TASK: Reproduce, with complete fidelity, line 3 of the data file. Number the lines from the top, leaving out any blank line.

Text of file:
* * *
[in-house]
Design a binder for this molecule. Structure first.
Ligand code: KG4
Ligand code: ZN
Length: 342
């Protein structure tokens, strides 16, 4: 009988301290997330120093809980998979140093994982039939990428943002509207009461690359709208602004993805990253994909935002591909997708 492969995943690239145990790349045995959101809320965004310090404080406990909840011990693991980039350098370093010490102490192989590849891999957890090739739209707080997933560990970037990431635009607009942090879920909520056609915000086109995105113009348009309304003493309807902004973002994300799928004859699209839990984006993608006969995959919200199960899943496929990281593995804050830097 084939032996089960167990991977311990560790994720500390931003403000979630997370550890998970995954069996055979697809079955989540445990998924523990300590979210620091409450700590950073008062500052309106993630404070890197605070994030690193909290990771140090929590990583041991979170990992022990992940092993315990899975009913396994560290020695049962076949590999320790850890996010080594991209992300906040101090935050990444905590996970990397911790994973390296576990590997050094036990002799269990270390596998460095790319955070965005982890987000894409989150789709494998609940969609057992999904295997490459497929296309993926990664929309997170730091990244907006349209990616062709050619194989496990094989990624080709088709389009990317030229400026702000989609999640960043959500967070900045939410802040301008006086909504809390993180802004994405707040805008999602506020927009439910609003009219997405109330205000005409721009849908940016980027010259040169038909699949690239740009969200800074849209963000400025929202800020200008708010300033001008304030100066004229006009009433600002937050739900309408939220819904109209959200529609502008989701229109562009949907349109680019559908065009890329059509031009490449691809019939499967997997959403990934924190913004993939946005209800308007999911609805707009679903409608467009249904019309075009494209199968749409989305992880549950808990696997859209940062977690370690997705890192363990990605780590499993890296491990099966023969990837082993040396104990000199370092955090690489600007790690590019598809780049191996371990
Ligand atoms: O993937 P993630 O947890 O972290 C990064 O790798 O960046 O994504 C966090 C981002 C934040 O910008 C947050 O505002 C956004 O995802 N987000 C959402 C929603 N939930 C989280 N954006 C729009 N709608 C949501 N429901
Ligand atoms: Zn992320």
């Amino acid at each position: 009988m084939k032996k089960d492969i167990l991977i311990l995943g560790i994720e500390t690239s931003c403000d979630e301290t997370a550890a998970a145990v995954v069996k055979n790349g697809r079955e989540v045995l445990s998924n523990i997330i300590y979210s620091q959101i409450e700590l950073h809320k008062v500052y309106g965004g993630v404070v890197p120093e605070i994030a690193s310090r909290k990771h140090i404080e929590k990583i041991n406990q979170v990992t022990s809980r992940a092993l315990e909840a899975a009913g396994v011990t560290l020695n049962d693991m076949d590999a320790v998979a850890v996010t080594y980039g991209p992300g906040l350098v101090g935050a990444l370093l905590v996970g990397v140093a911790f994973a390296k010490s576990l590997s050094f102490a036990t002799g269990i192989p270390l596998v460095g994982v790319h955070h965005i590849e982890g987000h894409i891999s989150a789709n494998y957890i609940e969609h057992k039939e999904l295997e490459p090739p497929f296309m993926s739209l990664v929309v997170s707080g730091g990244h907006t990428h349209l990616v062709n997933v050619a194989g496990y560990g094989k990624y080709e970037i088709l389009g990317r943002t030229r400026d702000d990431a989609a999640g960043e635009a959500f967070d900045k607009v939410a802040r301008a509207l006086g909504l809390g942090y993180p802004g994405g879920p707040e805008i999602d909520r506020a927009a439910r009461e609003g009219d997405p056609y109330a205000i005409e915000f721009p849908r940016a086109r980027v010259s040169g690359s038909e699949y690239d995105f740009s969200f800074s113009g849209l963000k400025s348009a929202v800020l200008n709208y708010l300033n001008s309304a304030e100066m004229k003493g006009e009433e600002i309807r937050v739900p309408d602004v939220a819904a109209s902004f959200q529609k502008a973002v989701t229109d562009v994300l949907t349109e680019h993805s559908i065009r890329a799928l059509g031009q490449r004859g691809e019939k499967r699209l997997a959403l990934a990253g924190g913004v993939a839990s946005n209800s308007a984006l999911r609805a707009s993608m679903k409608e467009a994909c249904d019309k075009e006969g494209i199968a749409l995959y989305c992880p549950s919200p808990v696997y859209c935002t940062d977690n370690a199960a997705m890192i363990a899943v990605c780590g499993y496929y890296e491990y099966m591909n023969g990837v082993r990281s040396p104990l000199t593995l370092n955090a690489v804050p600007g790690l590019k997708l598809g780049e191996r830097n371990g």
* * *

Ligand code: KG4